Given the huge size of the Psalms, though, I don’t want to tackle them all at once. The logical first step is probably Book I: Psalms 1-41. We’ll see how that goes.
Questions: What makes a man strong? Is the Law good? What do I most delight in? Who is really ‘blessed’? “Read More” to pursue answers in the Psalms.
that I might know you as you are, and manifest the image of Christ in this world,
and the world to come. Amen.
I just recently heard the idea that the counterpoint to a “Proverbs 31 woman” is a “Psalms 1 man.” While I wouldn’t want to claim this Psalm exclusively for men, I do like the idea of having a similar (even if similarly impossible 🙂 ideal to shoot for.
Like many Psalms, the central idea (avoiding evil associations) is expressed through parallelism, not walking/standing/sitting with ungodly/sinners/scornful. While there’s undoubtedly some interesting subtleties in those specific terms, the more interesting word to me is “Blessed.” The word is often translated ‘happy’, and in fact that very sense of the word is the basis of my blog’s title (“Radically Happy”).
Of course, this verse just says what is antithetical to happiness. So what is?
It is sad how few Christians understand what it means to “delight in the Law.” The Right tends to wield it like a club, and the Left fears it for the same reason. But happy is the man who understands the true purpose of the Law, for:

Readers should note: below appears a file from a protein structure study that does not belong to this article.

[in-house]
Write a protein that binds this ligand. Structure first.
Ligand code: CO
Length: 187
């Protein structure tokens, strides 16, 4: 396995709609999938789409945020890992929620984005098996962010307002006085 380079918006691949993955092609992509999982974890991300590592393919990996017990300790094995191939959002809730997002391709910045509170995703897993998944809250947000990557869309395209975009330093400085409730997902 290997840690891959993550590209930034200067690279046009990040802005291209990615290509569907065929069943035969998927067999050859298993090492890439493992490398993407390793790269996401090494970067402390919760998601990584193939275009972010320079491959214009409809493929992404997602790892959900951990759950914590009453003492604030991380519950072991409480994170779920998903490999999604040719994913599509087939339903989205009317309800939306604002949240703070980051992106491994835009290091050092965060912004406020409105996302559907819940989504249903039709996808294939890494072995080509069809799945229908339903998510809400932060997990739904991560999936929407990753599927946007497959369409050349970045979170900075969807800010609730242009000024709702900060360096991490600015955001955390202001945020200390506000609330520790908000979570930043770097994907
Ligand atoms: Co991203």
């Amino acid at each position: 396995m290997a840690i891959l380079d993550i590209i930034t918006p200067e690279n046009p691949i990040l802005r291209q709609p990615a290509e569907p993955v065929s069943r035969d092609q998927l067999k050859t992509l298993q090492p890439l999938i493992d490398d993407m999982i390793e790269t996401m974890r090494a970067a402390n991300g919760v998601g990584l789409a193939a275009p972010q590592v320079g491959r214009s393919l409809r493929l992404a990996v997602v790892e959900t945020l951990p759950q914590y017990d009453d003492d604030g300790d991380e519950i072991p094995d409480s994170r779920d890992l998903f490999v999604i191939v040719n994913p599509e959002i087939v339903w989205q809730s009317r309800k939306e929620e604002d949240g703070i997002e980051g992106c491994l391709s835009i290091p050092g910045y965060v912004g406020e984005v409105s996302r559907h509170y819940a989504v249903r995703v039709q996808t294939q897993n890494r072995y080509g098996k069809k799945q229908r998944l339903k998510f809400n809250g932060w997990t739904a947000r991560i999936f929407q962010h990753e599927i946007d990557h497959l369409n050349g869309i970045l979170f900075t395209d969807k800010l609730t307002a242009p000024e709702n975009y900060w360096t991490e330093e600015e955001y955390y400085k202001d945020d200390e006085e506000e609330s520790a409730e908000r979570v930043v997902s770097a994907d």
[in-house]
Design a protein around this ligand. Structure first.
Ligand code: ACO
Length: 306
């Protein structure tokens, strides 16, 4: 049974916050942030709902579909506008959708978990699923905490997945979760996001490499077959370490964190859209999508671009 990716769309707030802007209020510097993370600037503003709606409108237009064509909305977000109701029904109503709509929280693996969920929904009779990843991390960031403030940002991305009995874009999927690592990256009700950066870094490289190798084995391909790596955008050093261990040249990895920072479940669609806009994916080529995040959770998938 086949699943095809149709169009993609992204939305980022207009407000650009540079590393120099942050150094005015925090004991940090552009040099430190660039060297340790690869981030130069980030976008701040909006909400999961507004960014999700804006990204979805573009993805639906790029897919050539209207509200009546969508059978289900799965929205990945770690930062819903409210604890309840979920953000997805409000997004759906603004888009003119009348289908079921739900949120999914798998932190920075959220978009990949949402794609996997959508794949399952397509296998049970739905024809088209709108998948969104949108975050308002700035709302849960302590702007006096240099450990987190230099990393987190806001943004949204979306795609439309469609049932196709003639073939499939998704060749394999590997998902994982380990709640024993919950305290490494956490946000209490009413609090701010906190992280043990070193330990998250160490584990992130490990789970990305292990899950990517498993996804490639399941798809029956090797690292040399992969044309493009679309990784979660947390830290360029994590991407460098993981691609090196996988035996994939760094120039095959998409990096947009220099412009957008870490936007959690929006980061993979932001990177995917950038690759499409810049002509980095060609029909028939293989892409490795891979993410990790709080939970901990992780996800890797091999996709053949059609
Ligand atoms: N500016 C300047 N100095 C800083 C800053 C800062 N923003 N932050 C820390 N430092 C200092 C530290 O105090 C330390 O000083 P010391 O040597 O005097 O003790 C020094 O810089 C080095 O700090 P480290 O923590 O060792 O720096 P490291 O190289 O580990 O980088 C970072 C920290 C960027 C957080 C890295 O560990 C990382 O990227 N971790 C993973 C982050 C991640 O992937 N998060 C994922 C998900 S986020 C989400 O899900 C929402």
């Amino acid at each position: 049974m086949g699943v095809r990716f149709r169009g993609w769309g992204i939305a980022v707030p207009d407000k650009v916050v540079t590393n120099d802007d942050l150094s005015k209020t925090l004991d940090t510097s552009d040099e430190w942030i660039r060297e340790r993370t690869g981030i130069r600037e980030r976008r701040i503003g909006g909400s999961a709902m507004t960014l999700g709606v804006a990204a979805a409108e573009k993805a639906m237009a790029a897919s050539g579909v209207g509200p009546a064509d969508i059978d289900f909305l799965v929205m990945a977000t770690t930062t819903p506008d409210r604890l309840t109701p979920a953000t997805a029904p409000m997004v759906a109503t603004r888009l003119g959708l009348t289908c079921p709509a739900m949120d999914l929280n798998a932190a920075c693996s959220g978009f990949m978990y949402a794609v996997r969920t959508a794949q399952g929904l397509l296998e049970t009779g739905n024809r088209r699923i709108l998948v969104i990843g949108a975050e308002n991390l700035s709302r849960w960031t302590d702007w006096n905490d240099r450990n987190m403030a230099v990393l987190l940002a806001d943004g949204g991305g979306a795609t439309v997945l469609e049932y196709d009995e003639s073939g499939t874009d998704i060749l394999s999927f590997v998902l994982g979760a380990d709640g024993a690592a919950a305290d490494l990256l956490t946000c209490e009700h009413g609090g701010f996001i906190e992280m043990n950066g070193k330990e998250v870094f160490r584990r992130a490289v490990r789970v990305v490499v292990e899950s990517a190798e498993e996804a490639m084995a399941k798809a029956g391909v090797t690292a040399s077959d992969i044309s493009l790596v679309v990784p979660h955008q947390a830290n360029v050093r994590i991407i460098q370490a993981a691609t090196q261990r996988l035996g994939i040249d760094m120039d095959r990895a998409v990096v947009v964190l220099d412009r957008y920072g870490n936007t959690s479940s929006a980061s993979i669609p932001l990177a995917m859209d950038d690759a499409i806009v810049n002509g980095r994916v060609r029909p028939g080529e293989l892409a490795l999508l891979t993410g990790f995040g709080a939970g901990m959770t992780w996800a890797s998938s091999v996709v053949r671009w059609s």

And he shall be like a tree planted by the rivers of water, that bringeth forth his fruit in his season; his leaf also shall not wither; and whatsoever he doeth shall prosper.
The Law really is a Very Good Thing. It isn’t some arbitrary set of rules set by a capricious monarch to keep us in subjugation and slavery. On the contrary the Law is the optimal way to live a productive life, in contrast to:
The ungodly [are] not so: but [are] like the chaff which the wind driveth away.
Intriguingly, there is also a social aspect to the difference:
Therefore the ungodly shall not stand in the judgment, nor sinners in the congregation of the righteous.
Not only are the works of their hands doomed to fail, they’ve also cut themselves off from relationship with the virtuous. And with God:
For the LORD knoweth the way of the righteous: but the way of the ungodly shall perish.
Still, having said all that, I realize full well that we are incapable of fulfilling the Law on our own. In fact, that is why we in our shame often bifurcate into a judgmental Right or antinomian Left. The reality of the Law is often Bad News for us (in contrast to the Good News of Grace), but that doesn’t mean the Law itself is bad.
Also, in case it isn’t obvious, I include the authority of Scripture in general as being reflective of the Law: a revelation of God’s character and commands to which we are obliged to submit. Whether or not we do so (or are able to) doesn’t change the fact that they are Good. Viva la Law!
God, in my spirit and my mind I revere the Law, but my soul and flesh often rebel. Forgive me for the times I’ve wasted myself on cheap rationalizations and selfish indulgences. Teach me anew the delight of your Law, that I may be solidly rooted and built up in your unchanging principles, that I may yield eternal fruit. I ask this in Jesus name, and by His grace, Amen.
About the Title:
Today’s title is a weak pun on strong tea.